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William of Wykeham (1324-1404)
Early Life

William De Wykeham, or of Wykeham, was born at Wickham in Hampshire, in the year 1324, and, as his biographer Bishop Lowth has shown, some time between the 7th of July and the 27th of September. There is reason, however, to believe that he did not take his name from his native village, the same name being borne by several of his relations living in his own day who do not appear to have been born there. All that is certainly known about his father and mother is that their Christian names were John and Sybil. If his father bore the name of Wykeham, he appears to have also passed by that of Long or Longe and to have had an elder brother who was called Henry Aas.

Lowth thus sensibly remarks upon this obscurity of the name of so distinguished a man: "If we consider the uncertain state of family-names at the time of the birth of Wykeham, we shall not think it strange that there should be some doubt with regard to the surname of his family or even if it should appear that he had properly no family-name at all. Surnames were introduced into England by the Normans at the Conquest: "But certain it is," says Camden, "that as the better sort, over from the Conquest, by little and little, took surnames; so they were not settled among the common people fully until about the time of Edward the Second."

The parents of' Wykeham are held to have been poor but of creditable descent and reputable character. When their son became a dignitary of the church, he employed a seal with heraldic bearings and a quaint motto; but it is believed that these honours were not hereditary. Lowth holds that his relations were of the common people, and adds, "I am even inclined to think that he himself disclaimed all farther pretensions. The celebrated motto which he added to his arms (of which probably he might have received a grant when he began to rise in the World), I imagine was intended by him to intimate something of this kind, Manners makyth Man, the true meaning of which, as he designed it, I presume to be, though it has commonly been understood otherwise, that a man's real worth is to he estimated not from the outward and accidental advantages of birth, rank and fortune, but from the endowments of his mind and his moral qualifications. In this sense, it bears a proper relation to his arms and contains a just apology for those ensigns of his newly acquired dignity. Conscious to himself that his claim to honour is unexceptionable, as founded upon truth and reason, he in a manner makes his appeal to the world; alleging that neither high birth, to which he makes no prtensions, nor high station upon which he does not value himself but, "Virtue alone is true nobility."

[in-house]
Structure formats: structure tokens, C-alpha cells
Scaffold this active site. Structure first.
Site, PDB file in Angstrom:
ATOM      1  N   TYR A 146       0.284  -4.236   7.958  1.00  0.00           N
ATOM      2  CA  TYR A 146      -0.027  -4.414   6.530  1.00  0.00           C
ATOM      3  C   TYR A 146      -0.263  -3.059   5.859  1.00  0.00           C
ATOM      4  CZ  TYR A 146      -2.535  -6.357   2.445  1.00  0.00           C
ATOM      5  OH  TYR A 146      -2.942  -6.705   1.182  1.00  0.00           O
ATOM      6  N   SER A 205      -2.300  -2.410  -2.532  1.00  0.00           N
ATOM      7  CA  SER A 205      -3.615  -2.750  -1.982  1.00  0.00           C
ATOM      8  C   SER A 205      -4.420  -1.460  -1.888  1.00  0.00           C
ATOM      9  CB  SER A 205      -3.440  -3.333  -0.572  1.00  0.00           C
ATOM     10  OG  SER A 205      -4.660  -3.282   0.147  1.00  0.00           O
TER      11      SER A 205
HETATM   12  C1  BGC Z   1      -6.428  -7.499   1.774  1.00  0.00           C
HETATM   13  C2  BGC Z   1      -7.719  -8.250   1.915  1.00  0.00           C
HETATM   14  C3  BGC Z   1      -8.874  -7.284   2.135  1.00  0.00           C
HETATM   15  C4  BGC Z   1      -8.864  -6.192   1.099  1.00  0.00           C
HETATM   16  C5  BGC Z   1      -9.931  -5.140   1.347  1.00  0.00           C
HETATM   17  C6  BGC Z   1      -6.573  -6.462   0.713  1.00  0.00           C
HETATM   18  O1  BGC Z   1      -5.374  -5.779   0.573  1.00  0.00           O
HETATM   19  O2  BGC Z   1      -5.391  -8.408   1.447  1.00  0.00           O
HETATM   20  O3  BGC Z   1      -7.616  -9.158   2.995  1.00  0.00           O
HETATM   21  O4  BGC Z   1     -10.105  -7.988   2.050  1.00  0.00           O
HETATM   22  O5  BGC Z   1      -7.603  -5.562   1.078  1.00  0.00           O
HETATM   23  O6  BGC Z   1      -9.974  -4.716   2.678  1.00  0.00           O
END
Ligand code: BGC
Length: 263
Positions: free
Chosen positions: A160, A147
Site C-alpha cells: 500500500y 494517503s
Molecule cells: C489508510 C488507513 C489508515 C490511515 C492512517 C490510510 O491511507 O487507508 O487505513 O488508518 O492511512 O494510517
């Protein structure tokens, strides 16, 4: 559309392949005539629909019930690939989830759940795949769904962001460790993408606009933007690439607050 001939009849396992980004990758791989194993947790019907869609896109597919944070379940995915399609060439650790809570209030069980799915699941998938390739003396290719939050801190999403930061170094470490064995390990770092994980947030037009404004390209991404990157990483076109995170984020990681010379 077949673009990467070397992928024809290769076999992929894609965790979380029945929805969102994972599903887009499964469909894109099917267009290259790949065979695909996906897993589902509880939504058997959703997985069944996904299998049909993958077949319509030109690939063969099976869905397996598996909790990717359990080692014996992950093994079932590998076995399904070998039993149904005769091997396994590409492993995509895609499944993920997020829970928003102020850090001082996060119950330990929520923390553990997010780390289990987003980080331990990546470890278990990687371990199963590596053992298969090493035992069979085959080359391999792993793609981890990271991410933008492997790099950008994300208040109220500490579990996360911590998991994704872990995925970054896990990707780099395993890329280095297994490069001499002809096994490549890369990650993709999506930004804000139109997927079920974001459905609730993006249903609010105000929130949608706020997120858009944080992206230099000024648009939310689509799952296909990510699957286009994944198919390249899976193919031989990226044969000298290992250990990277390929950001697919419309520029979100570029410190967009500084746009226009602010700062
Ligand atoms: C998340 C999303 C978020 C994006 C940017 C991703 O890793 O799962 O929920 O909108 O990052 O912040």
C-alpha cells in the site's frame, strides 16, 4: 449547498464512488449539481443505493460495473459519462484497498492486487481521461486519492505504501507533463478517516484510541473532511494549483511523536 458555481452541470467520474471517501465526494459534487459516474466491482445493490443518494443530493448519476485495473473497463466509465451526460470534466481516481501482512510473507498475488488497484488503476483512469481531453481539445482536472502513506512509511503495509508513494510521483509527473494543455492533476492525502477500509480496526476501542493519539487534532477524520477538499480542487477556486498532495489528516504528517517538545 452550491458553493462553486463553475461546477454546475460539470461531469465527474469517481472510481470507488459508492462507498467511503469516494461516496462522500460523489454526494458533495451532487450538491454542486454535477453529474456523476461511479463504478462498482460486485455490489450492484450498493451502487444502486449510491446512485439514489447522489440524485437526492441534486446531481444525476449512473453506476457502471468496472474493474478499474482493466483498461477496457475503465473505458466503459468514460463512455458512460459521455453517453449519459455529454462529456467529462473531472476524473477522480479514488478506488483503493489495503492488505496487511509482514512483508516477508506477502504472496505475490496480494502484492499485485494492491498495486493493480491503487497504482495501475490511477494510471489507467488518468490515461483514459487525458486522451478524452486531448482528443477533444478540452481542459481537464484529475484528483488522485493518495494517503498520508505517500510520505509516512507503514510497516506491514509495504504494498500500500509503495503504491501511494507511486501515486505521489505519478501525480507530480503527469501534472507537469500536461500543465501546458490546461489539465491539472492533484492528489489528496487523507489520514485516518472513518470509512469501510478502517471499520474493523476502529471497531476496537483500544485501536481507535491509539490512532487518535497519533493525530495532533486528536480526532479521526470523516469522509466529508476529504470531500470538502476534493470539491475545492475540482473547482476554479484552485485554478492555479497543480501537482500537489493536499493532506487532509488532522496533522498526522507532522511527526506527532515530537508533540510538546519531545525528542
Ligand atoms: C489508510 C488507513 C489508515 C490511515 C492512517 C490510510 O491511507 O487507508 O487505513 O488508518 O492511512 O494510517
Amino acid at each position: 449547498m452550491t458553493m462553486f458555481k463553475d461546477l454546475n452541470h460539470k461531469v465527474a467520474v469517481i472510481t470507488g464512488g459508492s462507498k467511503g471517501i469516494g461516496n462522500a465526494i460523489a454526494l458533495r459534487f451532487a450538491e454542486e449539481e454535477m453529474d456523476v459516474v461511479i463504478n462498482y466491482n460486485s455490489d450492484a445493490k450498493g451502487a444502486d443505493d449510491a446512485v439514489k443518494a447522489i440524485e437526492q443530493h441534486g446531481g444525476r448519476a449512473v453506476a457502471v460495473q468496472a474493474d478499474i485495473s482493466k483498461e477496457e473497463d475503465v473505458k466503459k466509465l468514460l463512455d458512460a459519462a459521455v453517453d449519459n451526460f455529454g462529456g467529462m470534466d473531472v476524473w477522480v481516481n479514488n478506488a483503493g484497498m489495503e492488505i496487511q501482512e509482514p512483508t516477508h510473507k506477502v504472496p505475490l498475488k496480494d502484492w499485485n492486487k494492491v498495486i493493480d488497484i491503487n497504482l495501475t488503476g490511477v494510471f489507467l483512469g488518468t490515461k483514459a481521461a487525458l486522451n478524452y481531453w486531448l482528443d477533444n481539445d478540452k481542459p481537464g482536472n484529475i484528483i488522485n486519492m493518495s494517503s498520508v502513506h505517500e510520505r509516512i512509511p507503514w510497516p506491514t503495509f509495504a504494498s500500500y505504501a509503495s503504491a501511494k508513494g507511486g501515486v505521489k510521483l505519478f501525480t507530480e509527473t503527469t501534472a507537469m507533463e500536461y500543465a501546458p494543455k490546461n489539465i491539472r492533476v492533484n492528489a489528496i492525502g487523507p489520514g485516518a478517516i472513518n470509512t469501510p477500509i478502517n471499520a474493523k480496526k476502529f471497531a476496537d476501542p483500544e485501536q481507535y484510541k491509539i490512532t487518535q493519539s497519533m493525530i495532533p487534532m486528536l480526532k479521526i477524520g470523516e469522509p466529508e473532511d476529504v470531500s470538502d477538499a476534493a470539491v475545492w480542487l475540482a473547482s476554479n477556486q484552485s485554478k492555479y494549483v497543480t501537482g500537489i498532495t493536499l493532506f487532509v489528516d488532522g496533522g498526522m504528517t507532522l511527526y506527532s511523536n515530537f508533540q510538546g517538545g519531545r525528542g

Wykeham was put to school at Winchester Cathedral Priory, not by his father, who had not the means, but by some wealthy patron, who is traditionally said to have been Nicholas Uvedale, Lord of the Manor of Wykeham and Governor of Winchester Castle. The tradition further asserts that, after leaving school, he became secretary to Uvedale and that he was secretary to the Constable of Winchester Castle is stated in a written account compiled in his own time. Afterwards, he is said to have been recommended by Uvedale to William Edington, Bishop of Winchester, and then by those two friends to have been made known to King Edward III. There seems to be no reason for supposing that he ever studied at Oxford, as has been affirmed by some later writers. It is evident, indeed, that he had not had a university education and that he never pretended to any skill in the favourite scholastic learning of his age. His strength lay in his natural genius, in his knowledge of mankind and talent for business; and probably the only art or science he had much cultivated was architecture.

Part 3: Rise to Power


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